This Robert George guy truly is scary. Mickey Kaus has a quote up where George implies that even if Terri Schiavo had had a living will drawn up saying explicitly that she would want the feeding tube removed in such a situation, the living will should not have been enforced.
When Sullivan went on about this stuff in the past I used to think he was being a bit overwrought. Who can argue now? I still think his criticism of Bush's conduct of the war has been far too harsh. (Though neither do I simply assume that everything Bush has done in this arena is an example of his peerless brilliance and moral rectitude like, say, Hugh Hewitt, or the guys on Powerline.) However, if anything, Sullivan's criticism of Bush and the Republican Congress's domestic policies has been far too restrained, given the ugly reality we're now seeing.
Personally, I'm now ready to say provisionally that - though I certainly couldn't stomach actually voting for Kerry, or for any of the fringe candidates - I wish that I hadn't voted for Bush (not that it really mattered since I voted in New York) and wish even more that I hadn't participated in the Get out the Vote effort in New Hampshire. Though, in a final irony, I guess it's all a wash because Bush ended up losing New Hampshire. The corruption, Nixonian paranoia, fiscal irresponsibility, big government liberalism, and religious rightism of George Bush/Tom Delay "conservatism" needed to be punished, not rewarded, back when we had a chance to do something about it. Kerry's domestic policies wouldn't have been appreciably that much different. He had absolutely the wrong instincts on the war, but he was boxed in, and would have faced a Republican Congress. Not even Ted Kennedy actually proposed cutting and running from Iraq. In fact, there's a case to be made by someone less dull-witted than I that, by engaging in the bold gambit of invading Iraq, Bush and his cabinet set in motion such powerful forces of change in the Middle East that anyone could have been the next president and simply watched the positive developments in Lebanon and elsewhere. Kerry, of course, would then have been trumpeted as the great liberalizer of the Arab world by the mainstream press. But hey, history is full of ironies right?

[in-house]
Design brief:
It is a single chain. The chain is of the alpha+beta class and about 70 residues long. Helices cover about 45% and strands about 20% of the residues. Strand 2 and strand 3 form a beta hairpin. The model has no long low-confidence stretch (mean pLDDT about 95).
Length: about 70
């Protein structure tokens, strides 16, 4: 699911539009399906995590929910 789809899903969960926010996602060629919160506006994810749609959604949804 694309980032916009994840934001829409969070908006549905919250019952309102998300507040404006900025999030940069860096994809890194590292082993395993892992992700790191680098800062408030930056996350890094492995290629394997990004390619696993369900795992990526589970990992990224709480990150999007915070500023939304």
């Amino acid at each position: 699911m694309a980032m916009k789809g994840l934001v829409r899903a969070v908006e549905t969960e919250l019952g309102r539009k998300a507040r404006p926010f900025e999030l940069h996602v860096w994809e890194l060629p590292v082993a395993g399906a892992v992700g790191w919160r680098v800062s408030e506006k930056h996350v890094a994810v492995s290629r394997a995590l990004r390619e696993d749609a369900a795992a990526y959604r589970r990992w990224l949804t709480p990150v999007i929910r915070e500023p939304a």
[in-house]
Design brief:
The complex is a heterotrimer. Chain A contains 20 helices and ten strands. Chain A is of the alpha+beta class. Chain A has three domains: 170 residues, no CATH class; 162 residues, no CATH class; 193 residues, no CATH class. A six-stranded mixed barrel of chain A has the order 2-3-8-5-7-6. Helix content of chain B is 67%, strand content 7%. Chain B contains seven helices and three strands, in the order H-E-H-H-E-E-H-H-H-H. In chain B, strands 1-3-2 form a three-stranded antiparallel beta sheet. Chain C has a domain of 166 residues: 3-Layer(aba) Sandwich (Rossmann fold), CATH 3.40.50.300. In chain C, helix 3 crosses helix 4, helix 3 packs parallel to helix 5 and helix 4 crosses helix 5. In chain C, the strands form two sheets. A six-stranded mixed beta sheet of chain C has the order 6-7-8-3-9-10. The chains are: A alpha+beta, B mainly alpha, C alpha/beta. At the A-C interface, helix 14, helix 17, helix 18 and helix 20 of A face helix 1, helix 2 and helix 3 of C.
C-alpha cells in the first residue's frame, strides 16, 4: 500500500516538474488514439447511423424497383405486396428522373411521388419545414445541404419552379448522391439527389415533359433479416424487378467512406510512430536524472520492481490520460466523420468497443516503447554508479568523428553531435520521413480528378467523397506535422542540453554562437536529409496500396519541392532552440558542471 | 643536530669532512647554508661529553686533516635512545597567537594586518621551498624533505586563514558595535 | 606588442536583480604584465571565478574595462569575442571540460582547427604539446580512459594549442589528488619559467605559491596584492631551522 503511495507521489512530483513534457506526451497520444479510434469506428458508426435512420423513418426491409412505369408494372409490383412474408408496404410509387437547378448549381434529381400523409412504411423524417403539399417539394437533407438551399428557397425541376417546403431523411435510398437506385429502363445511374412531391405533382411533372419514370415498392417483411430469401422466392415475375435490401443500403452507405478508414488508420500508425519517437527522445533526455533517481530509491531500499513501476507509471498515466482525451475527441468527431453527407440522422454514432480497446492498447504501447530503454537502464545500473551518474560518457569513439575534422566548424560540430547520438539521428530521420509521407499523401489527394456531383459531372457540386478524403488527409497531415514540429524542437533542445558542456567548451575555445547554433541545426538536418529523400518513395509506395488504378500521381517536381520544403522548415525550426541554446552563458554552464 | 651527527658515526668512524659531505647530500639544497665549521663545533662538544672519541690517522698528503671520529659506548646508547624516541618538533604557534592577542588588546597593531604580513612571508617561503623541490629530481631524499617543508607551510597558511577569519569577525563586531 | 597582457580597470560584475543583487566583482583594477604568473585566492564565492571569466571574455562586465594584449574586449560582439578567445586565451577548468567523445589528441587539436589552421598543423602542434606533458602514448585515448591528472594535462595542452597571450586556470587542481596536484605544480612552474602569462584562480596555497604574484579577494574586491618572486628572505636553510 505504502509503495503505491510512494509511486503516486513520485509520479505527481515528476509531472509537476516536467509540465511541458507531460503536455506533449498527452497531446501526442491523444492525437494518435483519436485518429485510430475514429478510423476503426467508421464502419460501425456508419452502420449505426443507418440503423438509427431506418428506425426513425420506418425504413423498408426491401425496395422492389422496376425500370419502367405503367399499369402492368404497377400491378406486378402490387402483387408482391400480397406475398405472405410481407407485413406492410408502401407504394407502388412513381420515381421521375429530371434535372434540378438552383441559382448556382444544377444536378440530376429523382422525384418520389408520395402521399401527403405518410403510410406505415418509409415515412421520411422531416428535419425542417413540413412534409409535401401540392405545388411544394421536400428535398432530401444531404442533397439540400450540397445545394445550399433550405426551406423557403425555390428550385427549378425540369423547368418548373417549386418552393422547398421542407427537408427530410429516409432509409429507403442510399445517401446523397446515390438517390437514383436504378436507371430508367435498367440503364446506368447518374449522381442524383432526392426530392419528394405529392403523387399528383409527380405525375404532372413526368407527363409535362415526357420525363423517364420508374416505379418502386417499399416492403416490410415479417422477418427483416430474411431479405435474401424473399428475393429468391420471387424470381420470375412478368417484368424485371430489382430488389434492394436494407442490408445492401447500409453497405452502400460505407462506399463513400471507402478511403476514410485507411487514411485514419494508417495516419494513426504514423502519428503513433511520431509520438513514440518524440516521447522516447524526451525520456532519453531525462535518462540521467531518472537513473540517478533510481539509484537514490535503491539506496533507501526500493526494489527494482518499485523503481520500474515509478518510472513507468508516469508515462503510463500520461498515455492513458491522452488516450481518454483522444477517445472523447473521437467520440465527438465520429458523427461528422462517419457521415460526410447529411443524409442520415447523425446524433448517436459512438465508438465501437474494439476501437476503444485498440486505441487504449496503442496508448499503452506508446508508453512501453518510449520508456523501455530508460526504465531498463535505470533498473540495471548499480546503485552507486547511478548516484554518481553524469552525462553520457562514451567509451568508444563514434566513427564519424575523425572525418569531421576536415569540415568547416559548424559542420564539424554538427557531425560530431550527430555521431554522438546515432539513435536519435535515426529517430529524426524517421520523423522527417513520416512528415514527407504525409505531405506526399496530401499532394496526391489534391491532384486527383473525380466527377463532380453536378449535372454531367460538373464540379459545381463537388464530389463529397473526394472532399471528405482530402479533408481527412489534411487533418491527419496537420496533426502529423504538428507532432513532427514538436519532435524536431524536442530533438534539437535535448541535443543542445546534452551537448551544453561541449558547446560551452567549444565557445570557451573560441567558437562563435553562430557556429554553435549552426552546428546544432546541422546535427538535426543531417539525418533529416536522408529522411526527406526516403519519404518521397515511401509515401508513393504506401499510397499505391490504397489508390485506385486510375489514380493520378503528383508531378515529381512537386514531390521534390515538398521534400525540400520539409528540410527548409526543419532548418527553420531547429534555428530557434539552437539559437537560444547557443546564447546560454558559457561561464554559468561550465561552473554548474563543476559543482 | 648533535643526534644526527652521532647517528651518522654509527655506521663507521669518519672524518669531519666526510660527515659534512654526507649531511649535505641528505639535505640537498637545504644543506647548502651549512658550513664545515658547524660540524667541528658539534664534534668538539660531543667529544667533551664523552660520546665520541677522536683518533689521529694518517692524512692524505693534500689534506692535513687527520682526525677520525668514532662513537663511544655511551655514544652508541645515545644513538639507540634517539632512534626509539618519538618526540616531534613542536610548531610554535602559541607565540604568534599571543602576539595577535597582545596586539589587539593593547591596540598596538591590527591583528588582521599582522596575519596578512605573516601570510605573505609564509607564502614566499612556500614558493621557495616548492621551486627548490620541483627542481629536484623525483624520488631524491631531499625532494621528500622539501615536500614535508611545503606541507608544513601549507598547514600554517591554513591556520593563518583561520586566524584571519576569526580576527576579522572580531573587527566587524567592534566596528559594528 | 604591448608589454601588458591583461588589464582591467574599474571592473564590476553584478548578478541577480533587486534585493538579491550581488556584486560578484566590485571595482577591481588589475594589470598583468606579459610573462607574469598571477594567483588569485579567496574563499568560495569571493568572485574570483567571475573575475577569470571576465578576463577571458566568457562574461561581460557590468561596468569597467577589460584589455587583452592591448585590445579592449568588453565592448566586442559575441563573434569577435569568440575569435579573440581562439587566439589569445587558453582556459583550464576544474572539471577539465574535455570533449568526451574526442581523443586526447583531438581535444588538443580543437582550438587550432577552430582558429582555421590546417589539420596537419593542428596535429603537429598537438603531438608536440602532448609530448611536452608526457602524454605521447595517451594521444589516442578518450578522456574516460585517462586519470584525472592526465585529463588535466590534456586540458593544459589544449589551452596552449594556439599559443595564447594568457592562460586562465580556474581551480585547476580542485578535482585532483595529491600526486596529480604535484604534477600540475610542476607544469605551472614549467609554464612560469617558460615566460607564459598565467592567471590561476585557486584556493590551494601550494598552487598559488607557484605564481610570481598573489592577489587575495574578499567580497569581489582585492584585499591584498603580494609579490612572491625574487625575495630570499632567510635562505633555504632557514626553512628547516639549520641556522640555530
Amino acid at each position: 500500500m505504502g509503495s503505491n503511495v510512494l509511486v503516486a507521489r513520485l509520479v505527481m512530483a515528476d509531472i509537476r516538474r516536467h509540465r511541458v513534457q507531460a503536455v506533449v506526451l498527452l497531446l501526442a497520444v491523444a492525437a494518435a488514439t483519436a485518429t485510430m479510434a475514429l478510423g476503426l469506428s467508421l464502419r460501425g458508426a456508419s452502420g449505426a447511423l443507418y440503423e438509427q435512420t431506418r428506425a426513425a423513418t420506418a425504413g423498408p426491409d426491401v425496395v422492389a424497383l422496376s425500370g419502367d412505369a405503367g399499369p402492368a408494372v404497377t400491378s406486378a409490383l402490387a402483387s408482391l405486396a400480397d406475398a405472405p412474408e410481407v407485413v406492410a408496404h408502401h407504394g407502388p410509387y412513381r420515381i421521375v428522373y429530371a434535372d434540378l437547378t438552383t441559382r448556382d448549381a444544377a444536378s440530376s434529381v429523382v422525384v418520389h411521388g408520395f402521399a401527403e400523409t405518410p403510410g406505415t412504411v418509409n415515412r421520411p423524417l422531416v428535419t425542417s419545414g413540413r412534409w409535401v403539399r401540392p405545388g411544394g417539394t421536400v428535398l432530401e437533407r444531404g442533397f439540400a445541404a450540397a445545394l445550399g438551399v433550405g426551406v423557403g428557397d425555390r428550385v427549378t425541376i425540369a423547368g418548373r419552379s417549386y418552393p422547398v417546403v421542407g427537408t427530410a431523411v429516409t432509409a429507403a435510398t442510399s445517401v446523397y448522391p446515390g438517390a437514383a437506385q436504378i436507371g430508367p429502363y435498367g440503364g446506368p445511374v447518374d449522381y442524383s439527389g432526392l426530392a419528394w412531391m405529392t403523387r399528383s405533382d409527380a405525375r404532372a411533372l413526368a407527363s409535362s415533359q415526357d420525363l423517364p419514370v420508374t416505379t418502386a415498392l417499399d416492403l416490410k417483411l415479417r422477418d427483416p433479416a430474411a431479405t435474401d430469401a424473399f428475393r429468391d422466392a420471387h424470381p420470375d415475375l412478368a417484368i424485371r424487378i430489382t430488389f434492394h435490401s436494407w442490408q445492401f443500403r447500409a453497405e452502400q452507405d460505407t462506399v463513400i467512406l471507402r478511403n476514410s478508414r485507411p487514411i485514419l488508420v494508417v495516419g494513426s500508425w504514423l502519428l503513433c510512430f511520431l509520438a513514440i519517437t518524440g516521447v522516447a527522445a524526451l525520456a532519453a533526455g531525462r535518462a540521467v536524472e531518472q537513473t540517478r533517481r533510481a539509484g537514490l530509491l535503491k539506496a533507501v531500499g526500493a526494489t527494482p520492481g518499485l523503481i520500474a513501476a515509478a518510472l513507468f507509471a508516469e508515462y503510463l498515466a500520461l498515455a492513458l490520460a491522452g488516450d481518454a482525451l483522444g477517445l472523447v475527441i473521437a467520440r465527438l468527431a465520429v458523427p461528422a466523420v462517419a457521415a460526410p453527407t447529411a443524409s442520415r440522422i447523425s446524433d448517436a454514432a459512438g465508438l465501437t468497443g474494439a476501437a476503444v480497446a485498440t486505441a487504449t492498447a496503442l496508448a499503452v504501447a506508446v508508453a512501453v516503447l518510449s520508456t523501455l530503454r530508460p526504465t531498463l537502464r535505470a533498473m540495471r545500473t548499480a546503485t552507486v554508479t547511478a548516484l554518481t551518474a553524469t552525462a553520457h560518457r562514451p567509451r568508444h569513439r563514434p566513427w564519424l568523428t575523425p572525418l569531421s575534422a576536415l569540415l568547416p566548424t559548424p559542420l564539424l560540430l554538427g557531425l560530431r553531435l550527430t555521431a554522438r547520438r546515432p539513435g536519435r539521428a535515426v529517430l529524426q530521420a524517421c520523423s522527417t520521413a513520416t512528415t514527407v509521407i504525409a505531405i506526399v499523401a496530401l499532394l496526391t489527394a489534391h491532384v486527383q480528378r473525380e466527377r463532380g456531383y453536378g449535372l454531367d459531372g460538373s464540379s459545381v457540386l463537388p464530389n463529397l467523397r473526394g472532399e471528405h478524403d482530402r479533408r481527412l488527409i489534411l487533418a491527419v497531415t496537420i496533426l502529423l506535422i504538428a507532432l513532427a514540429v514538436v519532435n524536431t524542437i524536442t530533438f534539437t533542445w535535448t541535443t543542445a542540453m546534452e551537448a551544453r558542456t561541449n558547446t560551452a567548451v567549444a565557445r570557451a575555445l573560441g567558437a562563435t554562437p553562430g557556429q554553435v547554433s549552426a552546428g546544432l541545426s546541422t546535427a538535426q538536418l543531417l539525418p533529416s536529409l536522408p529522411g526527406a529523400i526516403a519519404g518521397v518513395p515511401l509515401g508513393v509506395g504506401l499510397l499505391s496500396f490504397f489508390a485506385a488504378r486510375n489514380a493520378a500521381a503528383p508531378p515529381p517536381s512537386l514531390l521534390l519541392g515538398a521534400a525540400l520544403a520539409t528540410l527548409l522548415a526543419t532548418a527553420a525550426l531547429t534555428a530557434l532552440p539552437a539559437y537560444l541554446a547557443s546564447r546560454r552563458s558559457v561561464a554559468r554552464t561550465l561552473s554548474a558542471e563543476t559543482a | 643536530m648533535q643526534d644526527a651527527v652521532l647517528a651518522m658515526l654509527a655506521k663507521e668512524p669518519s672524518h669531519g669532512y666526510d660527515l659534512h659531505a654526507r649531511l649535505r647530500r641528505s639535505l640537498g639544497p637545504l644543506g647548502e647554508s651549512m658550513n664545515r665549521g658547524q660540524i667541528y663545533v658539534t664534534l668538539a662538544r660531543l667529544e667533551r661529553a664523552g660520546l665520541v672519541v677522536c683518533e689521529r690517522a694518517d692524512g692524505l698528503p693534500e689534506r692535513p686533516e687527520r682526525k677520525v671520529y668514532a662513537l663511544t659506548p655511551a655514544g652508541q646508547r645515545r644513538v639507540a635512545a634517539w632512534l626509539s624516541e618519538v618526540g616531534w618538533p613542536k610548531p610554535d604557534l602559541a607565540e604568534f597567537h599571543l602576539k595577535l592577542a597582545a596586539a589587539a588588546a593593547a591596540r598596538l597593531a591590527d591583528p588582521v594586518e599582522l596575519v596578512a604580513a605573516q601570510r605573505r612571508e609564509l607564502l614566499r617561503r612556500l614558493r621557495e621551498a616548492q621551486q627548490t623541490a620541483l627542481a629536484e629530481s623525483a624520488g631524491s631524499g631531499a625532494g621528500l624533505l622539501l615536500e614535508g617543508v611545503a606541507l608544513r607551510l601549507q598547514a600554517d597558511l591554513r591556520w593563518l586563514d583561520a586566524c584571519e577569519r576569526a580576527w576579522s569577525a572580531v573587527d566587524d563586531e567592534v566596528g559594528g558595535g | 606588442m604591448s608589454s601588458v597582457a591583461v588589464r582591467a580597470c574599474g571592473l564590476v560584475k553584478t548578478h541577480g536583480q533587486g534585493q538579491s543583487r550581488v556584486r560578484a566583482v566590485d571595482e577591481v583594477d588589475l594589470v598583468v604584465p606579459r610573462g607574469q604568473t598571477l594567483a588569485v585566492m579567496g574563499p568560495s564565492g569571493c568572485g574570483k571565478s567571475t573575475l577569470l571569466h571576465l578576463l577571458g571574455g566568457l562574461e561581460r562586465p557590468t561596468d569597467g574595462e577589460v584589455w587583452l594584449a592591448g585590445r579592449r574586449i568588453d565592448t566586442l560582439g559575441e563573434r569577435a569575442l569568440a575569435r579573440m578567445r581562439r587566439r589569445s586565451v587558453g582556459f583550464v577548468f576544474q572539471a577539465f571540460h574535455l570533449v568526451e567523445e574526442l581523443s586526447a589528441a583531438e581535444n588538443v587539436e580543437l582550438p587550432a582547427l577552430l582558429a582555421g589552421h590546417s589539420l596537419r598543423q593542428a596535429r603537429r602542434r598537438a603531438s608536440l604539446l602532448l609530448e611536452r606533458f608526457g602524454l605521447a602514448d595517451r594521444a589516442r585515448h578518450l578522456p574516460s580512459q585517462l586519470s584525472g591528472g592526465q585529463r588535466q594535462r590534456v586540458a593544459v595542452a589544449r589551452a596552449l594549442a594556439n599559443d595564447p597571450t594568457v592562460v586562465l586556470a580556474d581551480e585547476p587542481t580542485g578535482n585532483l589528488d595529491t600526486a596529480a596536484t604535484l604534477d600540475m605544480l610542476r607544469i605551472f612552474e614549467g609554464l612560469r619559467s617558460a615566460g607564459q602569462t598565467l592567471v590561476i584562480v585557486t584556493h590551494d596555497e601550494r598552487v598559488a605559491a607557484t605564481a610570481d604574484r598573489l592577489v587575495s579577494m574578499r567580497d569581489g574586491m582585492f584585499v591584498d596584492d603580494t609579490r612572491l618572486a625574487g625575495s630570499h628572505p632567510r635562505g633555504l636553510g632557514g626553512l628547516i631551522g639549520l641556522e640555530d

Bush's second term hasn't destroyed the modern conservative movement, but losing the presidency and having time to re-evaluate the "stategery" would have been more beneficial than being in power and making the movement ever more obnoxious and ideologically incoherent.
UPDATE: I see that Jonah Goldberg is now saying that what we're witnessing is not a crack-up but a healthy debate; a sign not of internal tensions within the conservative movement but internal health. However, in my opinion, the problem is not that a debate is going on, it's that no debate is going on. Bush/DeLay "conservatism" has become the only game in town, no matter how internally inconsistent, and how non-conservative it becomes. The "crack-up" that I'm referring to (I don't know about anyone else) is not between different factions of conservatism but the crack-up of Bush/DeLay conservatism itself. It's big government liberalism in economic policy, and religious rightism in social policy trying to pass itself off as "conservatism". By trying to please nearly everyone it will ultimately please no one, and has already reached the point of pleasing far fewer than it used to.